But he added: “Even the strongest supporters of those projects wouldn’t say that every single site is suitable. You wouldn’t put offshore wind farms on the Great Barrier Reef or solar panels on the Opera House. You have planning laws, an appropriate planning system, you assess each proposal on their merits.”
But AGL’s Macarthur wind farm in Victoria is a good example of how expert reports can be wrong and conditions difficult to enforce.
Local farmer and bird lover Hamish Cumming has been raising the alarm for almost a decade. In September 2014, he wrote to all federal MPs: “The AGL Macarthur wind farm is slaughtering raptors at an alarming rate and no one seems to care, especially the Greens.” He asked Brown for help: “Dear Bob, I think the Greens in Victoria (and nationally) have forgotten what they are supposed to be protecting,” he wrote. “They refuse to help me make AGL adhere to their permit conditions just because they are a wind farm.” Cumming says he got no reply.
When the Macarthur wind farm was approved, AGL estimated it would kill two birds per turbine a year. However, post construction monitoring showed the project was killing 13.4 birds per turbine a year, more than six times the pre-construction estimate. The AGL permit application claimed a raptor kill of three a year across the wind farm, yet a post-construction report estimates a kill of 430 raptors a year, 30 per cent of bird deaths at the wind farm.
The same discrepancy is found in pre-construction estimates and post-commissioning records for bats. For brolgas the wind farm was supposed to have a net zero impact. The report by Matthew Wood found the breeding pairs of brolgas have dropped from seven down to two in the first four years.
In addition to the adult population drop of 12 brolgas, there have been no successful breeding attempts, and at least two deaths of chicks when turbine noise forced adults to abandon their nests.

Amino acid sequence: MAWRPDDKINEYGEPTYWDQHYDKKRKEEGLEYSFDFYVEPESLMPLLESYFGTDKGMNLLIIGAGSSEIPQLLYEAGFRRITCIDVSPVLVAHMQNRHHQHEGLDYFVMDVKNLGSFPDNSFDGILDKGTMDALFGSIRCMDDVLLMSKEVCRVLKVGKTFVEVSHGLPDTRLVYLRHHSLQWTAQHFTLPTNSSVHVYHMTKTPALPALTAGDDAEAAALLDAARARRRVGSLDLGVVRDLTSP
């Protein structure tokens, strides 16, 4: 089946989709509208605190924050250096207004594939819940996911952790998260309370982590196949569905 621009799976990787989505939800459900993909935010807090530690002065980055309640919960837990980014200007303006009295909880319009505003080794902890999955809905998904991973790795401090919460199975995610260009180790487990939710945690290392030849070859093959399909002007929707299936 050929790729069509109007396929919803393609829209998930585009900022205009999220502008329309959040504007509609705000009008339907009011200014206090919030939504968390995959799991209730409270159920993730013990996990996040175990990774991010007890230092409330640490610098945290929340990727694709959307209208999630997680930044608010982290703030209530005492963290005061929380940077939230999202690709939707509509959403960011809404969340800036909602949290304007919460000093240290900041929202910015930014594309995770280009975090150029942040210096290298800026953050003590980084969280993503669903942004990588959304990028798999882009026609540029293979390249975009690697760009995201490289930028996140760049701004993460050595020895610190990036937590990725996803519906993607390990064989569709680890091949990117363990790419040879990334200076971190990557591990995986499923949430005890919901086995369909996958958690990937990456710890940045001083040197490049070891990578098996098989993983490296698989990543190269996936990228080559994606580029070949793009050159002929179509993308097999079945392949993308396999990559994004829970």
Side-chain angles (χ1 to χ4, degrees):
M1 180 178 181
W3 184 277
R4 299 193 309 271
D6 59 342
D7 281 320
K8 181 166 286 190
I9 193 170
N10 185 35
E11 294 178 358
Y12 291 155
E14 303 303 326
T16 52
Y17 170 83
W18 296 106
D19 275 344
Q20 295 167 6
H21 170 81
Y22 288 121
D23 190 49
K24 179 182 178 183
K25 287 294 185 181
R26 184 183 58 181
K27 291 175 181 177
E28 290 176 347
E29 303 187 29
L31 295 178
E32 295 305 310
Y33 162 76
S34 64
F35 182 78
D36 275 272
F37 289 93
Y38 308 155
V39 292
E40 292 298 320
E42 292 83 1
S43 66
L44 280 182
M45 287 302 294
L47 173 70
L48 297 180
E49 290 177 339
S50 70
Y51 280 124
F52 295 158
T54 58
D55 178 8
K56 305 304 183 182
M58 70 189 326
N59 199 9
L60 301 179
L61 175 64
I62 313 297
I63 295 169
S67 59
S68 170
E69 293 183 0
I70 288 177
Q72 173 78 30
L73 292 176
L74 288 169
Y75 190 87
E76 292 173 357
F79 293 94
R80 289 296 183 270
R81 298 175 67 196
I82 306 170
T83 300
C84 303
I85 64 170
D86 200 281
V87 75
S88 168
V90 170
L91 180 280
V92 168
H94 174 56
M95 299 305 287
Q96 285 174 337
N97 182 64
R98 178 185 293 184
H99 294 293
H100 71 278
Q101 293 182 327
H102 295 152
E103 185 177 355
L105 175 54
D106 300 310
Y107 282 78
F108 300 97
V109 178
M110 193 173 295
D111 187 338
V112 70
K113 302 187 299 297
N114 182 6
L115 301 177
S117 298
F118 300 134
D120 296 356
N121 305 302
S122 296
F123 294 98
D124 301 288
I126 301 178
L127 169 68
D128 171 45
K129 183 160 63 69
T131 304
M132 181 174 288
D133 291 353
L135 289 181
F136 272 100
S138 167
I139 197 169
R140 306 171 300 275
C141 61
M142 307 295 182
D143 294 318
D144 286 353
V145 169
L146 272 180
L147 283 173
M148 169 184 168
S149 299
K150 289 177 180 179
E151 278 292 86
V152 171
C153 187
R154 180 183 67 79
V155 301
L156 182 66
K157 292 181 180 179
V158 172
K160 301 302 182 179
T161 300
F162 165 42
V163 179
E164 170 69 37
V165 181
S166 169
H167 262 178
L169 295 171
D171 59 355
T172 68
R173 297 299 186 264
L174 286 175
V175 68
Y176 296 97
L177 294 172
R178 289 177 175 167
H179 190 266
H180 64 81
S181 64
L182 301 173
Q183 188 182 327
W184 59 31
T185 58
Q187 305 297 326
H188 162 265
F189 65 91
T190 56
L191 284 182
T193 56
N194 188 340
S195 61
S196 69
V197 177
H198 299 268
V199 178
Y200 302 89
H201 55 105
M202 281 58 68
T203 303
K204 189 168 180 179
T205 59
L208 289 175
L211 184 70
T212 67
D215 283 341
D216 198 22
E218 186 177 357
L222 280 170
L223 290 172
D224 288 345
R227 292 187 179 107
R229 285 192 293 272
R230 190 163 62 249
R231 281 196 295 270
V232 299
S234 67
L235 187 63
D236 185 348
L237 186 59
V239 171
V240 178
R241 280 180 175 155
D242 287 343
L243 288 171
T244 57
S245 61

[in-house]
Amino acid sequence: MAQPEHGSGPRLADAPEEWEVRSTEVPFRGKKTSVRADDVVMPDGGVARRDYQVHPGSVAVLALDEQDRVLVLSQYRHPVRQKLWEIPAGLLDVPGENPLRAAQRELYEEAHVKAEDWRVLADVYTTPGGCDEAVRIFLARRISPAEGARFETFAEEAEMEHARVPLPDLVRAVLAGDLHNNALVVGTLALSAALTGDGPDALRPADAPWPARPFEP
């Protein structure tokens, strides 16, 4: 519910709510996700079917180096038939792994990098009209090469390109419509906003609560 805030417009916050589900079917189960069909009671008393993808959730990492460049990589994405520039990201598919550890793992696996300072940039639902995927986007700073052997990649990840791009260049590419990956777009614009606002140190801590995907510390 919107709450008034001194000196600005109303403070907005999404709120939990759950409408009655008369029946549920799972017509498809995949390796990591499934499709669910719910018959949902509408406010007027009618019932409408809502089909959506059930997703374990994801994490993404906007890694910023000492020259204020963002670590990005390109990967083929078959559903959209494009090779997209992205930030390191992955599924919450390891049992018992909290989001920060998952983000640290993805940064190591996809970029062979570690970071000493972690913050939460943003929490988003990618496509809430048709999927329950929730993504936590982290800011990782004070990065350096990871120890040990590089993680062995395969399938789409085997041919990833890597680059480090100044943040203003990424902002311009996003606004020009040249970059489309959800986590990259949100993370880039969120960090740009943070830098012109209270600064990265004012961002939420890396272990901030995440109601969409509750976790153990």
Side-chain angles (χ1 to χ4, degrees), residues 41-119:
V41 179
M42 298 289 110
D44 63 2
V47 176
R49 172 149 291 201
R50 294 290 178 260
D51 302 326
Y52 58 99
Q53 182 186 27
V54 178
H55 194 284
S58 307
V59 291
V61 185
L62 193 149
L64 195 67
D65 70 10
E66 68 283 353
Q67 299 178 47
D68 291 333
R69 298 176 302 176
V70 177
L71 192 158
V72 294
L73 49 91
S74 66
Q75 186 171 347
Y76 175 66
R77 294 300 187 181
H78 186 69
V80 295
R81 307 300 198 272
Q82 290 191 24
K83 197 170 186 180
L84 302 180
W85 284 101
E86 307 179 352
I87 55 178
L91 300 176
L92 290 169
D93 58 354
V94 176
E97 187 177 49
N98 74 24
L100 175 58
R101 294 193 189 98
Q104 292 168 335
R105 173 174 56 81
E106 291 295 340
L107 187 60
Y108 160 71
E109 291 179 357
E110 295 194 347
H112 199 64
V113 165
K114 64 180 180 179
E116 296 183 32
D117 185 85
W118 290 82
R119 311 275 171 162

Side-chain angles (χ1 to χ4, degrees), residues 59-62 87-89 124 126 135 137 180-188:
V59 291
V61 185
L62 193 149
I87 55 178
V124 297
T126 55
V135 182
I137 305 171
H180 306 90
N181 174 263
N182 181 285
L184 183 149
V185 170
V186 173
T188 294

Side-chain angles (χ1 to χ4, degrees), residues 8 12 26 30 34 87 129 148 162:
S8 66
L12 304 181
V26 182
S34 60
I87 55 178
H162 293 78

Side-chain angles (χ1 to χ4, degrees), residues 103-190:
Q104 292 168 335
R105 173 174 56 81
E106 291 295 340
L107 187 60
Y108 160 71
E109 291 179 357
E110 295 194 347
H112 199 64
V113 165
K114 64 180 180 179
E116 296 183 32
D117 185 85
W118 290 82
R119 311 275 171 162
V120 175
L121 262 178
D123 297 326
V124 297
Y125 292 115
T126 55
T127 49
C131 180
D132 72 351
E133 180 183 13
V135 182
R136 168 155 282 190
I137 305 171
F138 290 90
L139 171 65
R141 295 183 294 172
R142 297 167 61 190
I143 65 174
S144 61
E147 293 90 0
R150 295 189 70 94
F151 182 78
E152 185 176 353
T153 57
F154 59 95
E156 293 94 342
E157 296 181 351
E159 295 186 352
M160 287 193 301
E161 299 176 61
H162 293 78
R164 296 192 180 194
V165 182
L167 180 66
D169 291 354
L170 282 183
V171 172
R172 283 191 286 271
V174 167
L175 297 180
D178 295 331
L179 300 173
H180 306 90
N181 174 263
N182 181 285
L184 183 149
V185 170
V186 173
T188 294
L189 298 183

AGL has disputed the methodology used to calculate total bird deaths and challenged the findings on brolgas. But AGL’s executive general manager group operations, Doug Jackson, says the company completed intensive post-construction monitoring in 2015 in line with its approval conditions.
The company continues to record all deaths of birds and bats found during maintenance activities. Any deaths of threatened species – there have been two – are reported to the state government.
Jackson says the results found “the Macarthur Wind Farm had not had a significant impact on the local bird and bat population and had not caused the displacement of brolgas”. Further action appears unlikely, not least because confusion reigns over who should be responsible for enforcement.
A spokesperson for Moyne Shire Council says it is a state government responsibility. But Victoria’s Department of Environment, Land, Water and Planning has written to Cumming, saying: “Moyne is responsible for enforcement of the planning permit.”
Meanwhile, AGL has been given a tick for doing the reports.
Plea for help
Cumming has been relentless in his efforts to establish why permit conditions have not been met or enforced. In October 2017 he wrote to Friends of the Earth campaigner Cam Walker asking if his organisation would help make AGL adhere to its permit.
“The permit was granted on certain rules and conditions that would supposedly protect the birds and bats from slaughter, AGL do not appear to be adhering to the permit, nor are the authorities making them,” Cumming wrote. “When one company breaks the rules, it gives the whole industry a bad name.”
After Cumming followed up in February last year, Walker responded: “Hi Hamish, sorry, we have lots going on and (it’s) been hard to focus on this one.”
He added: “I need to talk with the minister’s office this week so I will ask them where they are at with the permit compliance issue.”
Cumming is still waiting for the update.
Walker says he raised the issue with the minister’s office, the department and a researcher but decided Cumming was “just playing politics”. “At the time I was confident that in that instance, the wind farm operator was taking their responsibilities to birds seriously,” he tells The Australian.